Ni no Kuni: Wrath of the White Witch is a wonderful JRPG created by Level-5 which features a lot of art and animation from Studio Ghibli, the same company responsible for the wonderful Hayao Miyazaki films that we all know and love.
This game’s lead character, who is from a city that is analogous to Detroit from the 50’s, called Motorville. Anyone paying attention and knows Detroit’s history can make this connection.
Gameplay: The game is enjoyable to play, however there seems to be a bit too much hand holding for my liking. At one point they show you some script which you can translate, and it was a pleasure to take the effort with paper and pencil to do the translation, but after you are done, they kinda ruin it for you by telling you what it said anyway. Then there is the fact that they put stars on a map to where you have to go. This makes the game a bit too easy.
Combat: Combat it pretty standard… until you realize it that it becomes a bit like Pokemon where you have to catch the familiars and you find yourself wanting to catch them all.
Translation: Being a JRPG, this game of course originated from Japanese, and it is a joy to listen to the game spoken in Japanese and turn on the English subtitles, until you start to notice that there is a major disconnect between the languages. What they are saying isn’t matching up with the subtitles. Then you realize that the subtitles are actually captioning for the English version, and not a translation of the Japanese version. It is understandable that there is some required dialogue rewrites as some things don’t translate very well, but there are some really head scratching moments. They change the names between the Japanese and English versions. It’s not like the name differences are Japanese to English names. They are English names in both versions. Mark becomes Phillip. This is by no means is a game breaker, but I find odd and a little disappointing.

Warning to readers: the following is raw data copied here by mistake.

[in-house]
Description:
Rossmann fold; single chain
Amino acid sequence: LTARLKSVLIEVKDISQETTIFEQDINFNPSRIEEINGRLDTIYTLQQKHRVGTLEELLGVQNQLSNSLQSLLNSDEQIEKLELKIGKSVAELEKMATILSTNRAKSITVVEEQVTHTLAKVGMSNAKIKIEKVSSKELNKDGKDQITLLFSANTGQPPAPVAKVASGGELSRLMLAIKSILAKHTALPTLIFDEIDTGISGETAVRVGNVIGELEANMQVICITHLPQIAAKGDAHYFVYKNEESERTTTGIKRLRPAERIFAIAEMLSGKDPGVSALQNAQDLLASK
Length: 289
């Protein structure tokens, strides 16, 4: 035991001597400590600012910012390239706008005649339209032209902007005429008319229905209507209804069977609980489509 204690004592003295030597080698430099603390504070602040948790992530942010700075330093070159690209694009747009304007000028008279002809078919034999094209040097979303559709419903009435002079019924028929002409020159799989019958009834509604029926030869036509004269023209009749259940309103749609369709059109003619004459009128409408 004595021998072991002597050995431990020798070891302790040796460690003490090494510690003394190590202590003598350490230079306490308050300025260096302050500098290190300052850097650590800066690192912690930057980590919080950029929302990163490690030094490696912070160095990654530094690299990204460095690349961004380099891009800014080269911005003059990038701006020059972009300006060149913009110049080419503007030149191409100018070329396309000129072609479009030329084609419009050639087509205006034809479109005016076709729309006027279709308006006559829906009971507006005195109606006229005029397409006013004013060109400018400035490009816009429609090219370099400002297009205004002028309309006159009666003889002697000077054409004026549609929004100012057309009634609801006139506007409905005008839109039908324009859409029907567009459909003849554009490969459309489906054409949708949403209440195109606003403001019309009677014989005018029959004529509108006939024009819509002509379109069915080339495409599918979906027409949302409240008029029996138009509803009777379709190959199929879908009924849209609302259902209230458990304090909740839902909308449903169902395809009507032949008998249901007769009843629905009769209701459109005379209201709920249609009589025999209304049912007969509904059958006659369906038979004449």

Vocals: One final thing that bothers me is that despite that we are in the era of the Blu-ray disks, there are many points in the game where they stop with the vocals and just go with text dialogue. Are they still scrapping for space that they have to sacrifice vocal tracks?
Story & Art: The Story and art are by far the best parts of the game. The visuals are very nice and pleasant. You couldn’t expect any less from Studio Ghibli.
Overall I would like to give it a better grade, but I think I would give it a solid B.